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Green horizons

Catherine Wheatley, Head of Energy Services, Mitie says AI will play a major role in supporting the FM sector’s green agenda this year

As King Charles put it when addressing world leaders at COP28, now is the time for ‘transformational action’ on climate change. Many organisations have reached a crucial stage in their decarbonisation journeys as their net zero targets draw nearer. Consequently, across the facilities management (FM) sector, we’re seeing increasing demand from customers to accelerate their path towards net zero.

While ‘transformational action’ has already started to materialise in our industry, smarter, more detailed data analysis and accelerating the application of artificial intelligence (AI) within decarbonisation projects will be major themes over the coming year. We’ve only just scratched the surface when it comes to experiencing the full impact of AI in the FM sector and so we anticipate that this will be a common thread across 2024.


Between rising costs and businesses’ green agendas, customers are focused on reducing energy consumption, creating a growing need for detailed data and insights that are available at peoples’ fingertips. After all, the first step to reducing energy consumption is to measure it.

With building use becoming more complex post-pandemic, organisations need more detailed and more dynamic data. To help tackle this, we’re using a software tool that reviews data from across an organisation’s estate, identifying carbon hotspots in near-real time, giving us an understanding of where to focus energy efficiency efforts, without needing to grapple with multiple spreadsheets or manual processes.

Through an online portal, customers can rank different sites in their estate by energy consumption, benchmark by location or size, compare energy use over time and identify outliers. This insight guides organisations on what to prioritise when it comes to driving down their carbon emissions. This could mean switching to cleaner, greener energy at particular sites, or closing energy intensive equipment in certain areas of the office on quieter days.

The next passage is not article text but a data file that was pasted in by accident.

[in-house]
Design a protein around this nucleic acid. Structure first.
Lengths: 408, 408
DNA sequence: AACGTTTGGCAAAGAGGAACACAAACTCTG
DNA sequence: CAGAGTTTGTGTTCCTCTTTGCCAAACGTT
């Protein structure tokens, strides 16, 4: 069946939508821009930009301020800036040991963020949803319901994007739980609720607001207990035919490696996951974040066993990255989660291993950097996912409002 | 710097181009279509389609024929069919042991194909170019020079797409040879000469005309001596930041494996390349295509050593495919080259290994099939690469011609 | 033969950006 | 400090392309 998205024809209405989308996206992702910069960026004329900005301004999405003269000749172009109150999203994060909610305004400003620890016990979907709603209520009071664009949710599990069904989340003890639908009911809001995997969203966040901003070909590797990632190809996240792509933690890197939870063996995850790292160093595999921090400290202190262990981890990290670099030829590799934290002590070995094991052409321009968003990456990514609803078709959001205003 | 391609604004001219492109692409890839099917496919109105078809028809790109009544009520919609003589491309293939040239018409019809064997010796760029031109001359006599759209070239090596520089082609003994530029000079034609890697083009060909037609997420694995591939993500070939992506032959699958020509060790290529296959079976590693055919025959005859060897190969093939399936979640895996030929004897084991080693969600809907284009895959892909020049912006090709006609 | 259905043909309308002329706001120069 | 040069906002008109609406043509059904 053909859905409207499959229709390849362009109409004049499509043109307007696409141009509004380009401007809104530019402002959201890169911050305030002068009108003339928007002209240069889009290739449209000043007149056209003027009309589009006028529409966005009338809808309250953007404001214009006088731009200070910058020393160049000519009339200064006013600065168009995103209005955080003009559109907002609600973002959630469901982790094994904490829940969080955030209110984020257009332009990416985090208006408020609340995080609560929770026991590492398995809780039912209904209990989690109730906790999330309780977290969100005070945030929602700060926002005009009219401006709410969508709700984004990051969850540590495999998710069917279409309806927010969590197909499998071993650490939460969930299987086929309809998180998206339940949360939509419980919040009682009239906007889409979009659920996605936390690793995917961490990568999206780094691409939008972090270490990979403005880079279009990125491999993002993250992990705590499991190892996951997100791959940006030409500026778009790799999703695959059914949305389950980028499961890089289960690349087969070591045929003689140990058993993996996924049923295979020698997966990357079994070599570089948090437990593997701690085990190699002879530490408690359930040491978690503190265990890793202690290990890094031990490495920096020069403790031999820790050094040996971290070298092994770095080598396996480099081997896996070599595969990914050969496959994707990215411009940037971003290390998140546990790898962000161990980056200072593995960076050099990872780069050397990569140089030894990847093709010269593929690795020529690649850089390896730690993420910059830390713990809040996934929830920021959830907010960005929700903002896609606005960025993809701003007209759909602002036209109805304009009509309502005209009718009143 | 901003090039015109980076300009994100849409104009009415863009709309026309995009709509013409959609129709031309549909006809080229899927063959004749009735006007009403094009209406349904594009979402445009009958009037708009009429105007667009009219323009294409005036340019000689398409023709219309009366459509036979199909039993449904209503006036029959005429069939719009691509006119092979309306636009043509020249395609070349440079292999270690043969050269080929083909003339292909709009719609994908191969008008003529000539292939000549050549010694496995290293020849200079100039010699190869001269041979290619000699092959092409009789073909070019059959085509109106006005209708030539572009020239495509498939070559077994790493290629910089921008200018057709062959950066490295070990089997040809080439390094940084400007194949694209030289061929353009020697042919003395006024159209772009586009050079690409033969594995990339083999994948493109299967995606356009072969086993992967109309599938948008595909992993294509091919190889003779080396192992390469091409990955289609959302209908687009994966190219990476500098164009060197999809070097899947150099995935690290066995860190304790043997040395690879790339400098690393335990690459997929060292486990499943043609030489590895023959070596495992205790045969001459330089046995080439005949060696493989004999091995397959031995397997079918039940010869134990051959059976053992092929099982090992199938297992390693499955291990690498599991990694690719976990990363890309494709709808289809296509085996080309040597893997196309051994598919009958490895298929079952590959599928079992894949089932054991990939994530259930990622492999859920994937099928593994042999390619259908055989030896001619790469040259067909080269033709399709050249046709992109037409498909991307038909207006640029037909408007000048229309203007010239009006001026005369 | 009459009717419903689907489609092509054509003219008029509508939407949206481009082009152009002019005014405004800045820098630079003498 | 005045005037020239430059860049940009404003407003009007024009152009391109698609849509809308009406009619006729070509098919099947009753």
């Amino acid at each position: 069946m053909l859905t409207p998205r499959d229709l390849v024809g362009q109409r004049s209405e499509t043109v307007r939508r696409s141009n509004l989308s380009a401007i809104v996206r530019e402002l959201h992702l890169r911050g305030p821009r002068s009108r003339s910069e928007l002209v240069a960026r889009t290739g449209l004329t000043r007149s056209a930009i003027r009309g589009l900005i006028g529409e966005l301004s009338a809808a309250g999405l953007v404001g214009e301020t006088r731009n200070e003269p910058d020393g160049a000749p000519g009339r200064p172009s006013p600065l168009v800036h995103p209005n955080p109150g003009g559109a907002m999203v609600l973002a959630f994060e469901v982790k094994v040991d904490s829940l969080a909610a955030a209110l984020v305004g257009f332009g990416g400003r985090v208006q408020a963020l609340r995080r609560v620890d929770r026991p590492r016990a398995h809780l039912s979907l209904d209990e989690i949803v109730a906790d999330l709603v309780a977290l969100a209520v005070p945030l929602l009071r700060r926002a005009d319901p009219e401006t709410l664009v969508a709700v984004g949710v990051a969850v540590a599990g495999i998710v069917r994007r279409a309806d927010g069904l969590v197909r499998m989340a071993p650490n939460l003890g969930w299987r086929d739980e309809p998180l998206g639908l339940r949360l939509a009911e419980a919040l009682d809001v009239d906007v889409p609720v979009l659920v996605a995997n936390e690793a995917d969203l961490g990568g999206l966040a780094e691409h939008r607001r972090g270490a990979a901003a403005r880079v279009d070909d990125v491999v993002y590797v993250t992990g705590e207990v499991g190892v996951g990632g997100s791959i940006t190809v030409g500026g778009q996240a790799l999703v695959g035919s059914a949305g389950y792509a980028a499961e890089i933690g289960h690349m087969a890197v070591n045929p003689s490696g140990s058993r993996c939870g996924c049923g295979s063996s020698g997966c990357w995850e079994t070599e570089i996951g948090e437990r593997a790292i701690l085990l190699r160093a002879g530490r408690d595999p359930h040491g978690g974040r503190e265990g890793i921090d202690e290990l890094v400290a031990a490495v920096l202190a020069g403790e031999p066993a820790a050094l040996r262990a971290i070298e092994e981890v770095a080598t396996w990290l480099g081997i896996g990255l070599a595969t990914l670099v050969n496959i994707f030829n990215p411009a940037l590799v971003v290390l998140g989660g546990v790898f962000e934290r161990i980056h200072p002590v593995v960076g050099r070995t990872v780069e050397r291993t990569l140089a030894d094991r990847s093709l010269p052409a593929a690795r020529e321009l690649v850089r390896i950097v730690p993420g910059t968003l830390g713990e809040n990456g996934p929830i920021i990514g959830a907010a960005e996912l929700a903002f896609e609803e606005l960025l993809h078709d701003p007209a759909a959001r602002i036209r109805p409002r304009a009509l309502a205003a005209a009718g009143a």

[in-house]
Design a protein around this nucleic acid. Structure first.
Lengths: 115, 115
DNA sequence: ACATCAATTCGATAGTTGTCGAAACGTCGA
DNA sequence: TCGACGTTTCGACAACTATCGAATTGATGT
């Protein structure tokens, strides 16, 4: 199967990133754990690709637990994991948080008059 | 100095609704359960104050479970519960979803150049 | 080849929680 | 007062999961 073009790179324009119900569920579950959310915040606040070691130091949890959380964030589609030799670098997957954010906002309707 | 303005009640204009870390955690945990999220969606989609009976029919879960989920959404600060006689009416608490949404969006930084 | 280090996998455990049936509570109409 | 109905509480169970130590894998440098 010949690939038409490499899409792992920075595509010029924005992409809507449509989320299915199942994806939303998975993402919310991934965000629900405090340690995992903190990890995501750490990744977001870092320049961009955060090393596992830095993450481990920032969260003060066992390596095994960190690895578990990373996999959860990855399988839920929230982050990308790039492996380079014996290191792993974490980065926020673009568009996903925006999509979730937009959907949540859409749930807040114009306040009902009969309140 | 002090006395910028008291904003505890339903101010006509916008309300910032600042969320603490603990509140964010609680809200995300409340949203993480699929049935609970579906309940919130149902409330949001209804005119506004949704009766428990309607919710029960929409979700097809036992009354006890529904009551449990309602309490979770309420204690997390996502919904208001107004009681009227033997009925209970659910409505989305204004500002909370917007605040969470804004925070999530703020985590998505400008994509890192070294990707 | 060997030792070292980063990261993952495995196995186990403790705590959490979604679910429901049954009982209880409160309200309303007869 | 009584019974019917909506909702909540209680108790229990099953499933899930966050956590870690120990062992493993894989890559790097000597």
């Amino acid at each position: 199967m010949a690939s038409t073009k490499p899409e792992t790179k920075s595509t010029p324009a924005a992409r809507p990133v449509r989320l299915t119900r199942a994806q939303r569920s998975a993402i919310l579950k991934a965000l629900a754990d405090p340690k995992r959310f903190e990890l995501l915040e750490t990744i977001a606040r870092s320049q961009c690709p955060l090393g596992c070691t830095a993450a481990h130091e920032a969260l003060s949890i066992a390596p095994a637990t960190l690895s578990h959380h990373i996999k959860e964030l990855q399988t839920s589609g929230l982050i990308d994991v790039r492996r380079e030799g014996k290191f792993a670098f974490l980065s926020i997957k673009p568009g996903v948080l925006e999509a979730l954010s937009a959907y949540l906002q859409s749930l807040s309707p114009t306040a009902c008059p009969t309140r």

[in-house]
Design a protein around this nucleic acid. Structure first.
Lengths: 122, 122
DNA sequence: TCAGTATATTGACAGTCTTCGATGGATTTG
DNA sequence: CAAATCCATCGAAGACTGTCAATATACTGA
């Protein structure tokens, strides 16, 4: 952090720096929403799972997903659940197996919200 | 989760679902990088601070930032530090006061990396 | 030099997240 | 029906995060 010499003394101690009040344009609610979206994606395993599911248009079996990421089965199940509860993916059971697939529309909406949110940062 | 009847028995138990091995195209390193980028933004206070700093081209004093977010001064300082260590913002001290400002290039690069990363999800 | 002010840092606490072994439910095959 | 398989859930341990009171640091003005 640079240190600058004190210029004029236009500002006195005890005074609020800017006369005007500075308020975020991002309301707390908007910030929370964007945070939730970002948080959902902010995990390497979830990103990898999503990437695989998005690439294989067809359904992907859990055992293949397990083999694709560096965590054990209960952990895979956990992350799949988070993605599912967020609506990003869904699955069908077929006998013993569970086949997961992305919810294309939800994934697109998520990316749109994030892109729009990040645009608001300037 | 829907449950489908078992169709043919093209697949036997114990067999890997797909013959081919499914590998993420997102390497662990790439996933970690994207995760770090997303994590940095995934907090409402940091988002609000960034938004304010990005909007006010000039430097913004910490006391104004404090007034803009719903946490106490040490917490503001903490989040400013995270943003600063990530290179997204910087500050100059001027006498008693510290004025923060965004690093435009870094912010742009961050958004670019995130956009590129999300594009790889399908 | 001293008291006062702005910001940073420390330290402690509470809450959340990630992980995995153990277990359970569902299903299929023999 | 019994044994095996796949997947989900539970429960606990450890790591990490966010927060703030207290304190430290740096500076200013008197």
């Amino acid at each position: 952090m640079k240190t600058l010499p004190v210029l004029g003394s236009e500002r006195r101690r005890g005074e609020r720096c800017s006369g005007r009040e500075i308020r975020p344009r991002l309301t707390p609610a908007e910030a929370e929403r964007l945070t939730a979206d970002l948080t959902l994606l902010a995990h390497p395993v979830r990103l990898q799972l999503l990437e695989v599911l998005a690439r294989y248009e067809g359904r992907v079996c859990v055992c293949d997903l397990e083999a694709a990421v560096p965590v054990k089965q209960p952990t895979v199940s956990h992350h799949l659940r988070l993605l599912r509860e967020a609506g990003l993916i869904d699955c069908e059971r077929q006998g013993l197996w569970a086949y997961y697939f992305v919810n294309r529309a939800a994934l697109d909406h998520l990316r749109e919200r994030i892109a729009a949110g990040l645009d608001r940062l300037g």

Not only do organisations need a better understanding of their energy consumption, but investors are increasingly expecting more accuracy and transparency in carbon reporting. Many organisations are striving to achieve the Science Based Target initiative (SBTi) standards – a globally recognised validation of commitment to decarbonisation. The SBTi requires organisations to have carbon reduction targets in place that are in line with climate science, and also to report on Scope 3 emissions throughout their entire supply chain. At Mitie, we’re aiming to reach net zero across our Scope 3 emissions by 2035 and have developed targets, validated by the SBTi, in order to reach this goal.

As reporting requirements evolve, Scope 3 emissions are set to become more complicated to calculate, with SMEs likely to lack the resource to produce this data. This means the role FMs play in supporting customers with accurate carbon reporting across their supply chain will become even more important. Digital solutions identify the biggest carbon contributors throughout a customer’s supply chain, extrapolating the data from these ‘top players’ to get a picture of the carbon footprint across their entire supplier footprint. This insight provides customers with guidance on where to take action for the biggest impact when it comes to reviewing suppliers.


Many organisations are making the shift to produce their own power and reduce their reliance on variable energy prices. In fact, according to Innovation News Network, over a third (36 per cent) of businesses invested in on-site generation in 2023, with solar panels being the most popular option.

This also means that more organisations are requiring micro-grids. Micro-grids allow organisations to deliver surplus power back to the grid, but still give the option to receive power from a central source when they need it – essentially working in the same way, but on a smaller scale, to the National Grid. While the shift to energy independence relies on micro-grids, they are yet to be rolled out at significant scale.

Green infrastructure, like solar panels and batteries, are widely available to allow for energy to be generated and stored on-site, but smart analytics and AI are the pieces that will finish the puzzle for smart micro-grids to work successfully. AI assesses data about energy generation to ensure that supply and demand are balanced successfully. By getting this right, we can give organisations confidence that they can access the clean, green power when they need it, as well as increasing the business case for investment in on-site energy generation, thanks to the financial benefit of contributing power to the grid. Scaling up this application of AI will be a priority in 2024 to help the UK’s green energy ambitions advance.

AI was a buzzword throughout 2023 with every industry embracing the new opportunities it offers. The FM industry is no different. Going further with carbon data and embracing AI allow us to accelerate customers across the public and private sectors towards their net zero ambitions, and in turn support the UK’s net zero goals. I look forward to seeing the progress that will be made over the coming year as we continue to develop and adopt AI to drive forward the urgent climate action that is necessary.

About Sarah OBeirne

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